Ugly, and how. And we’ve not seen or heard the last of it. For the past week and this one, there has been such ugliness and emptiness about the film Padmavati, it is disturbing. It shines a light – or absence of it – on Indians. The film’s director Sanjay Leela Bhansali – who was earlier beaten and forced to move the shooting site – continues to be called by the choicest abuses including some scatological ones.
On television appearances one G37 (regular) on prime time television fell to the level of making scandalous jokes about private lives of the star cast, injecting further free wheeling ignominy. Not to be outdone, a minister said projecting queen Padmavati in such light is tantamount to throwing acid on a girl’s face. The film has not been released.
There’s more. Director Bhansali has been called a greedy man out to titillate India’s innocent minds with a dream sequence about sex. Indians don’t have sex, you see. But here, it’s between a Hindu queen and a Muslim invader. Big time bad. The director has clarified there’s no such sequence – he should have done so earlier given the sensitivities running high on the film. But let’s forget Padmavati for a minute and look at an average Indian film. Some of them are so sexually vulgar it is embarrassing to watch. But that’s okay because for us sex is dirty and the only way it can be portrayed on screen is by being honest about it – ie., dirty.
There is promise of violence if the film is screened as it is. India's Censor Board appears sitting between two stools about certification, and some members of the Bharatiya Janata Party (BJP) are behaving like members of the Congress party who tried to ban a recent film on Indira Gandhi. An erstwhile queen has also thrown her hat in the ring adding to the controversy. Heavy, heavy. The film has not been screened yet. ‘Saviours’ insist Bhansali should have shown them the film first. Why?
By the logic of the preceding paragraphs, there is only one way to sing Hamsadhwani and Bhoop is not Mohanam. Or, for that matter there’s only one way to play Mozart and Four Seasons and the rest can go fly. There can be no Kalpana swarams (leap of imagination within the audav and shadav) or arranging western classical music as the artiste’s inspiration carries them. Rasam and dal in every Indian house must taste the same and heaven forbid if a Michelin certified cook experiments with spices and sauces with dal makhani. S/he must be sent to the gallows.
That’s how ridiculous this brouhaha is. So what is the controversy if Bhansali’s pockets are better lined? He would be a pretty stupid person to not expect a handsome and serious return on investment (ROI). Here too, he could have cleared the air earlier – that’s the only unclear piece for me in this. He was too defensive in the beginning which means he knew he would succeed. That's what my understanding says.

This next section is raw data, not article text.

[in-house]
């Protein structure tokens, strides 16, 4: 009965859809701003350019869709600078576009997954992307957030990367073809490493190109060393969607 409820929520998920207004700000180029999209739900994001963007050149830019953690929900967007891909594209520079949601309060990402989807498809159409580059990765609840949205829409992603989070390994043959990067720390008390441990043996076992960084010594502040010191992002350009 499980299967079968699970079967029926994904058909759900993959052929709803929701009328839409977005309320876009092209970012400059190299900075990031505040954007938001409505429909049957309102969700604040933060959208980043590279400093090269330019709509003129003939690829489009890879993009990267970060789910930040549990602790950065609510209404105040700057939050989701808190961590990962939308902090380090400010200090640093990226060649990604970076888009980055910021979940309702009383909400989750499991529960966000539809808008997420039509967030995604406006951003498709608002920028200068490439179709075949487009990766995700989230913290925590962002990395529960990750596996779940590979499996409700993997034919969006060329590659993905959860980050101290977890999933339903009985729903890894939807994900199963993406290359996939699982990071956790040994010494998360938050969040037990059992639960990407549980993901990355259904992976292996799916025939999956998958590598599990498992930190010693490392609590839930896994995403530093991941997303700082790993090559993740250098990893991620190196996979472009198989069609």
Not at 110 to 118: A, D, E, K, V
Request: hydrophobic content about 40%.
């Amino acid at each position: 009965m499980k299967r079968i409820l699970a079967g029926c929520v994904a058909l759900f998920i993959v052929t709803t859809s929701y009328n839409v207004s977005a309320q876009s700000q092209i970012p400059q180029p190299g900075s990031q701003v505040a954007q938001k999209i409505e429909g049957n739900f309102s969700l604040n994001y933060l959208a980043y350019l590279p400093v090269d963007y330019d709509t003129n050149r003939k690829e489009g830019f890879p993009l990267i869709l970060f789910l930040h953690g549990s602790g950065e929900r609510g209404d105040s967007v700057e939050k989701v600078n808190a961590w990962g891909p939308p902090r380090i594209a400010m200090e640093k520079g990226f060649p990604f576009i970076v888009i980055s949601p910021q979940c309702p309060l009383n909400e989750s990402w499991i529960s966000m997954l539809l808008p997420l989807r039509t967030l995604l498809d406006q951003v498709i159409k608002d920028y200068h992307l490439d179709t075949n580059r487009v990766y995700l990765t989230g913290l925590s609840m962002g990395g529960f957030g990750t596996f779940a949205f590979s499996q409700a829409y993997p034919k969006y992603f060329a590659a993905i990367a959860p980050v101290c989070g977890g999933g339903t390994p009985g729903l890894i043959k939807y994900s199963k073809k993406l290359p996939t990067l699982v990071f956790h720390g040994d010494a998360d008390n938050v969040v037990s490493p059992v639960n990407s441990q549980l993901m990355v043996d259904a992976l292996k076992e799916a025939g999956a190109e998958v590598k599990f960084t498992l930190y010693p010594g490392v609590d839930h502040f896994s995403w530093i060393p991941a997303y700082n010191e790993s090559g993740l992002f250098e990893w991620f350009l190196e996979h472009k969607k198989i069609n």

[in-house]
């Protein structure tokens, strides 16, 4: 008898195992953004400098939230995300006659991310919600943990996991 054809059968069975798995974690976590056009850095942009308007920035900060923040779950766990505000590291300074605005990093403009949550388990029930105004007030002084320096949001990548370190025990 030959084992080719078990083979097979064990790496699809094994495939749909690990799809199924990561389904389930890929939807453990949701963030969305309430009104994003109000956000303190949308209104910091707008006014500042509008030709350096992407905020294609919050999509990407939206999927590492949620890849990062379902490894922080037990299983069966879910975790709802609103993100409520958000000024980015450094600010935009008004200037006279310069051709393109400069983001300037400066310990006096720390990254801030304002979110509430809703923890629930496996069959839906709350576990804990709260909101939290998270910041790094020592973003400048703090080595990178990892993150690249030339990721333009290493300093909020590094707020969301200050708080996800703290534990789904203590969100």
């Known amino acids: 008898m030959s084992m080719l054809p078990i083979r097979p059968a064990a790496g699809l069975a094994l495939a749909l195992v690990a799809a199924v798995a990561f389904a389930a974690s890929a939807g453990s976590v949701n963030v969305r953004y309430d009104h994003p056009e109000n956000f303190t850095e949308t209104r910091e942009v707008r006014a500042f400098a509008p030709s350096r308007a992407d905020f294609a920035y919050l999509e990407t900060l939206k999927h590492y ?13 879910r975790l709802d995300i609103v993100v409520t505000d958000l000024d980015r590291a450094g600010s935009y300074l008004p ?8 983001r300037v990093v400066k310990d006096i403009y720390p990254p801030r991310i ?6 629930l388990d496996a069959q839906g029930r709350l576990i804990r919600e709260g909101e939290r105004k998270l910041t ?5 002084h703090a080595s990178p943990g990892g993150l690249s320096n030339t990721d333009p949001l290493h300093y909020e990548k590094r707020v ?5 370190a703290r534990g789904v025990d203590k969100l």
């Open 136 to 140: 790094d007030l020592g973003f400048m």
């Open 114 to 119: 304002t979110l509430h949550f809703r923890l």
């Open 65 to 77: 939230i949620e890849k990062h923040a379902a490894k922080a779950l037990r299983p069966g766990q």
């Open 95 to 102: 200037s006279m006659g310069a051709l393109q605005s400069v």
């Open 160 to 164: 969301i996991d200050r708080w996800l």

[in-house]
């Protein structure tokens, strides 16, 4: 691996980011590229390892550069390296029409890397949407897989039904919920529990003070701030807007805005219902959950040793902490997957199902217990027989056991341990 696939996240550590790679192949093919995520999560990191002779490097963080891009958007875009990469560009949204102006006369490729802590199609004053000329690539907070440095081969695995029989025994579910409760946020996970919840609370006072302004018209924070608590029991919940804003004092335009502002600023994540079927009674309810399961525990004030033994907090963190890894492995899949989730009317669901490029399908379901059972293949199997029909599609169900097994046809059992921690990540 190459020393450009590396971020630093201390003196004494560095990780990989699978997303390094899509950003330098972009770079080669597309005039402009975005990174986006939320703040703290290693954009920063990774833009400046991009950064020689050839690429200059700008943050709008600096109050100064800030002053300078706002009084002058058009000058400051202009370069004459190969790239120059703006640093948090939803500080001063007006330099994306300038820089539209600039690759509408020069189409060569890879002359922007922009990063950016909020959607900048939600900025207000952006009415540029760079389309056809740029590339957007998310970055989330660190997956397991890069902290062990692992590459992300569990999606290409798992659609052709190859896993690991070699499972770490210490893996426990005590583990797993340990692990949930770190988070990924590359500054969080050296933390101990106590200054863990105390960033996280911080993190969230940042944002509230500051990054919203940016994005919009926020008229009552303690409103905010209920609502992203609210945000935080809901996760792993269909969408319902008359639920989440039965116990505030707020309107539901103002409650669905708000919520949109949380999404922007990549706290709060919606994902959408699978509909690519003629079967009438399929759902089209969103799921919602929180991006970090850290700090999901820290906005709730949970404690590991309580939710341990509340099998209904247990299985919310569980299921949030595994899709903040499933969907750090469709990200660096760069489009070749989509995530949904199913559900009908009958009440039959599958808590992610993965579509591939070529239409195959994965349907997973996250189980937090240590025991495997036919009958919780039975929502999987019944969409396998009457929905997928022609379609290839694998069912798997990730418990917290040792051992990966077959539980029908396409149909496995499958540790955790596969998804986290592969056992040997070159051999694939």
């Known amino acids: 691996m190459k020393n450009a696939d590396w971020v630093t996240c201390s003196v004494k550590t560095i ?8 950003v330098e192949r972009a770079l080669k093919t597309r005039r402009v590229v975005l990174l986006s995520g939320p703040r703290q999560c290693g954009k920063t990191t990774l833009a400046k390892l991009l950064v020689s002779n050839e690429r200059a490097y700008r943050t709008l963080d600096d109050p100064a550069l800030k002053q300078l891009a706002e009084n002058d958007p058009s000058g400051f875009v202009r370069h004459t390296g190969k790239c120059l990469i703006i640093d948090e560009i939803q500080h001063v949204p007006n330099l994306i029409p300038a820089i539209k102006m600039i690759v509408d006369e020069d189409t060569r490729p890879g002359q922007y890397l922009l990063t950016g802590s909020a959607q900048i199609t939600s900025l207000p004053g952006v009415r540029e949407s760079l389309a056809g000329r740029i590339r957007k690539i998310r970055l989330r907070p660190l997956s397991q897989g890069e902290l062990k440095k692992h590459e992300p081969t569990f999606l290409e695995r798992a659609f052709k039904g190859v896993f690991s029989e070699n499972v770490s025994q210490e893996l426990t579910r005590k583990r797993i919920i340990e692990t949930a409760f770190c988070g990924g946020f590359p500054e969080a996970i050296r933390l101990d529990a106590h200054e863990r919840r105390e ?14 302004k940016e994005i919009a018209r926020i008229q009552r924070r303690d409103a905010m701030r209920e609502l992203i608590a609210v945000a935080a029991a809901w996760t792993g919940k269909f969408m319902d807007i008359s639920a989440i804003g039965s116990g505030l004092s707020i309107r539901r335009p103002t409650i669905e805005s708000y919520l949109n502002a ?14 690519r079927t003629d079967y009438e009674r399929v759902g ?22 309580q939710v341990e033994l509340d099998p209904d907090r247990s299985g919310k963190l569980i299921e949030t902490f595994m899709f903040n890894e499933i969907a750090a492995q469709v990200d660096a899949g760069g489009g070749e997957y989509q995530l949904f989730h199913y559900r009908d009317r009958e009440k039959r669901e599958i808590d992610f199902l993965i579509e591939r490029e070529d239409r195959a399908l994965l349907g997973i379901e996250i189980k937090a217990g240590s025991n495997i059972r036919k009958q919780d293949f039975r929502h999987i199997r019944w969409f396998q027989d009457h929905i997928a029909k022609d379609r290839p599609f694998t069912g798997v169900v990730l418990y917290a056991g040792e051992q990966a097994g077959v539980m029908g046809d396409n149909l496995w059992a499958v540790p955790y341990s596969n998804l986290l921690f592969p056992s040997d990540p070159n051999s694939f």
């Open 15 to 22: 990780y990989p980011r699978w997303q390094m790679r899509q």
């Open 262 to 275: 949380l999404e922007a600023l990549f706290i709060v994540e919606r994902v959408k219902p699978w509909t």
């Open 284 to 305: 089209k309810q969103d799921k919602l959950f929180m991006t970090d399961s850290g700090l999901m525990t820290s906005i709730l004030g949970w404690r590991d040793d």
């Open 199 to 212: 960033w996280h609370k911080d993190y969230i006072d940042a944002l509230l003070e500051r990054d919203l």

The larger picture is this: Indians are disrespectful about their entertainment and film industry, because they come without any suffixes like IIT or IIM or Stanford. My friends speak so disparagingly about the modelling and film industry and just a little digging reveals the disdain springs from their children not making the cut. Few understand just how difficult the daily life of a successful actor is, and fewer know what it means to compose a piece of music that plays in every house in a country of 1.3 billion people.
I don’t see any of our top directors, actors and musicians at the high table when foreign leaders visit India, nor do I see them as part of India Inc. Our film industry is a global brand and a massive job creator in the country. They Make in India, for Indians and have grown from strength to strength, genre to genre in the country. They are rarely promoted as such because I suspect they are not viewed as “intellectuals.”
Here’s an earlier piece I wrote on the subject: India's film and entertainment industry is a global brand and a massive job creator
I am not a film buff, but I watch Bhansali’s films for the immaculate detailing and soul-stirring music. In my opinion the music in his films is the stuff of genius. In Padmavati, I loved the Ghoomar song. It was breathing culture and pride, grandeur, imminent sadness and love. The second song Ek Dil Ek Jaan was not in the same league for me.
So when he gets called a dog that will be lynched and a man who should be sent to the gallows, it bothers me. When he is insulted for using his imagination to create a piece of art, I find India diminished. I think of the many great artistes the world despised – some buried in common graves – and subsequently eulogised after they were gone, their work selling for billions of dollars in art shows.
Give Padmavati a chance. Curse afterwards if there’s something to curse about. Protest, but not violently, and please, please do not insult artistes and their creativity. Your ugliness reflects on you.
Views expressed are the author's own.